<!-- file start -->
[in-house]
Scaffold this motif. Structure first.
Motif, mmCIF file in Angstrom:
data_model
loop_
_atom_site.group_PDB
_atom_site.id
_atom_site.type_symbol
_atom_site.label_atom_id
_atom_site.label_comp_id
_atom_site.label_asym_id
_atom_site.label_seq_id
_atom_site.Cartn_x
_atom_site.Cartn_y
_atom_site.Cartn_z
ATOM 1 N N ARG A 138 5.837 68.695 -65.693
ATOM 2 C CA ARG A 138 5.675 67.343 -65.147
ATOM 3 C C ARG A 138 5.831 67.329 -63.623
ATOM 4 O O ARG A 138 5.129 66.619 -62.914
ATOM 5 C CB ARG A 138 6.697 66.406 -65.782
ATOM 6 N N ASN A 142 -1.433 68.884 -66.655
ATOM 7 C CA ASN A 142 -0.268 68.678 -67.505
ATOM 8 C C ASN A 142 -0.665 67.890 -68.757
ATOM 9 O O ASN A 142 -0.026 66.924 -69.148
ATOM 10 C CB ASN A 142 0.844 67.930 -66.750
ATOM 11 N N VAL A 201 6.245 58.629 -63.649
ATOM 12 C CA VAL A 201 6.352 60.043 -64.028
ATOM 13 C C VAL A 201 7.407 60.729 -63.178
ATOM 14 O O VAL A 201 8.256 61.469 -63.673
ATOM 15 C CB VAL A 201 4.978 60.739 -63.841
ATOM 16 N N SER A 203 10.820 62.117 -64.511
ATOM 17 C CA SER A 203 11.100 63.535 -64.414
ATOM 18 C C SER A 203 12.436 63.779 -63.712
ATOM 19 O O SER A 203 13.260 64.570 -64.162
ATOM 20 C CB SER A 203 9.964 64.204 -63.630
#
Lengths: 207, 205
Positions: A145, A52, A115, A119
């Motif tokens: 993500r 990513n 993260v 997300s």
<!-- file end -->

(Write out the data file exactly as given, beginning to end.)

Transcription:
[in-house]
Scaffold this motif. Structure first.
Motif, mmCIF file in Angstrom:
data_model
loop_
_atom_site.group_PDB
_atom_site.id
_atom_site.type_symbol
_atom_site.label_atom_id
_atom_site.label_comp_id
_atom_site.label_asym_id
_atom_site.label_seq_id
_atom_site.Cartn_x
_atom_site.Cartn_y
_atom_site.Cartn_z
ATOM 1 N N ARG A 138 5.837 68.695 -65.693
ATOM 2 C CA ARG A 138 5.675 67.343 -65.147
ATOM 3 C C ARG A 138 5.831 67.329 -63.623
ATOM 4 O O ARG A 138 5.129 66.619 -62.914
ATOM 5 C CB ARG A 138 6.697 66.406 -65.782
ATOM 6 N N ASN A 142 -1.433 68.884 -66.655
ATOM 7 C CA ASN A 142 -0.268 68.678 -67.505
ATOM 8 C C ASN A 142 -0.665 67.890 -68.757
ATOM 9 O O ASN A 142 -0.026 66.924 -69.148
ATOM 10 C CB ASN A 142 0.844 67.930 -66.750
ATOM 11 N N VAL A 201 6.245 58.629 -63.649
ATOM 12 C CA VAL A 201 6.352 60.043 -64.028
ATOM 13 C C VAL A 201 7.407 60.729 -63.178
ATOM 14 O O VAL A 201 8.256 61.469 -63.673
ATOM 15 C CB VAL A 201 4.978 60.739 -63.841
ATOM 16 N N SER A 203 10.820 62.117 -64.511
ATOM 17 C CA SER A 203 11.100 63.535 -64.414
ATOM 18 C C SER A 203 12.436 63.779 -63.712
ATOM 19 O O SER A 203 13.260 64.570 -64.162
ATOM 20 C CB SER A 203 9.964 64.204 -63.630
#
Lengths: 207, 205
Positions: A145, A52, A115, A119
């Motif tokens: 993500r 990513n 993260v 997300s």